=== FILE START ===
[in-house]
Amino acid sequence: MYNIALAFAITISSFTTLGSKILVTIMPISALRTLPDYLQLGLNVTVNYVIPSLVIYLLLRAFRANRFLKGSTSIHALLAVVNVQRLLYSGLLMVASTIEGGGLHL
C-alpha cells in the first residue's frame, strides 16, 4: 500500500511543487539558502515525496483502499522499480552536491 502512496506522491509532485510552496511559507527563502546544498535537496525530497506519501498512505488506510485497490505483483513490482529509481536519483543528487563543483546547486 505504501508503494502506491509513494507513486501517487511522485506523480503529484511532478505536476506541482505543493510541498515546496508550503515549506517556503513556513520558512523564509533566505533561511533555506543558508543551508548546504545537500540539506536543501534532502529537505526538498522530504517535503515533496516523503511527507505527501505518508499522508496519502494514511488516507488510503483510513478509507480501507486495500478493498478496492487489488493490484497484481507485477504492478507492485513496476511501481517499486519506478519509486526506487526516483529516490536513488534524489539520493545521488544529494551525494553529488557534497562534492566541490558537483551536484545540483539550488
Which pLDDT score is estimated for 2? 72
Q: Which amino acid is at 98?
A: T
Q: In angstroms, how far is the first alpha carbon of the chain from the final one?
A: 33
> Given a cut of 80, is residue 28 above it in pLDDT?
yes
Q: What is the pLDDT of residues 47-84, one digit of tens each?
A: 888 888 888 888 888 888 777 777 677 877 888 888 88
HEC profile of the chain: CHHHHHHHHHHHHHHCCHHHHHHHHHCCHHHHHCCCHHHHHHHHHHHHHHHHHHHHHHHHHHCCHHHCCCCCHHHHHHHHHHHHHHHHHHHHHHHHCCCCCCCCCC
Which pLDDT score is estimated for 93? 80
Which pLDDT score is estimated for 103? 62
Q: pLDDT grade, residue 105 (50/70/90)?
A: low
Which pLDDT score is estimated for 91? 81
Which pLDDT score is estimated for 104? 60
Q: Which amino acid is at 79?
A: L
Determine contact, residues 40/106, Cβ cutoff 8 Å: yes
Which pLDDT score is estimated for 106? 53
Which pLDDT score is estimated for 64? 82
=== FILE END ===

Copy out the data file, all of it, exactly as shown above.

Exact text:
[in-house]
Amino acid sequence: MYNIALAFAITISSFTTLGSKILVTIMPISALRTLPDYLQLGLNVTVNYVIPSLVIYLLLRAFRANRFLKGSTSIHALLAVVNVQRLLYSGLLMVASTIEGGGLHL
C-alpha cells in the first residue's frame, strides 16, 4: 500500500511543487539558502515525496483502499522499480552536491 502512496506522491509532485510552496511559507527563502546544498535537496525530497506519501498512505488506510485497490505483483513490482529509481536519483543528487563543483546547486 505504501508503494502506491509513494507513486501517487511522485506523480503529484511532478505536476506541482505543493510541498515546496508550503515549506517556503513556513520558512523564509533566505533561511533555506543558508543551508548546504545537500540539506536543501534532502529537505526538498522530504517535503515533496516523503511527507505527501505518508499522508496519502494514511488516507488510503483510513478509507480501507486495500478493498478496492487489488493490484497484481507485477504492478507492485513496476511501481517499486519506478519509486526506487526516483529516490536513488534524489539520493545521488544529494551525494553529488557534497562534492566541490558537483551536484545540483539550488
Which pLDDT score is estimated for 2? 72
Q: Which amino acid is at 98?
A: T
Q: In angstroms, how far is the first alpha carbon of the chain from the final one?
A: 33
> Given a cut of 80, is residue 28 above it in pLDDT?
yes
Q: What is the pLDDT of residues 47-84, one digit of tens each?
A: 888 888 888 888 888 888 777 777 677 877 888 888 88
HEC profile of the chain: CHHHHHHHHHHHHHHCCHHHHHHHHHCCHHHHHCCCHHHHHHHHHHHHHHHHHHHHHHHHHHCCHHHCCCCCHHHHHHHHHHHHHHHHHHHHHHHHCCCCCCCCCC
Which pLDDT score is estimated for 93? 80
Which pLDDT score is estimated for 103? 62
Q: pLDDT grade, residue 105 (50/70/90)?
A: low
Which pLDDT score is estimated for 91? 81
Which pLDDT score is estimated for 104? 60
Q: Which amino acid is at 79?
A: L
Determine contact, residues 40/106, Cβ cutoff 8 Å: yes
Which pLDDT score is estimated for 106? 53
Which pLDDT score is estimated for 64? 82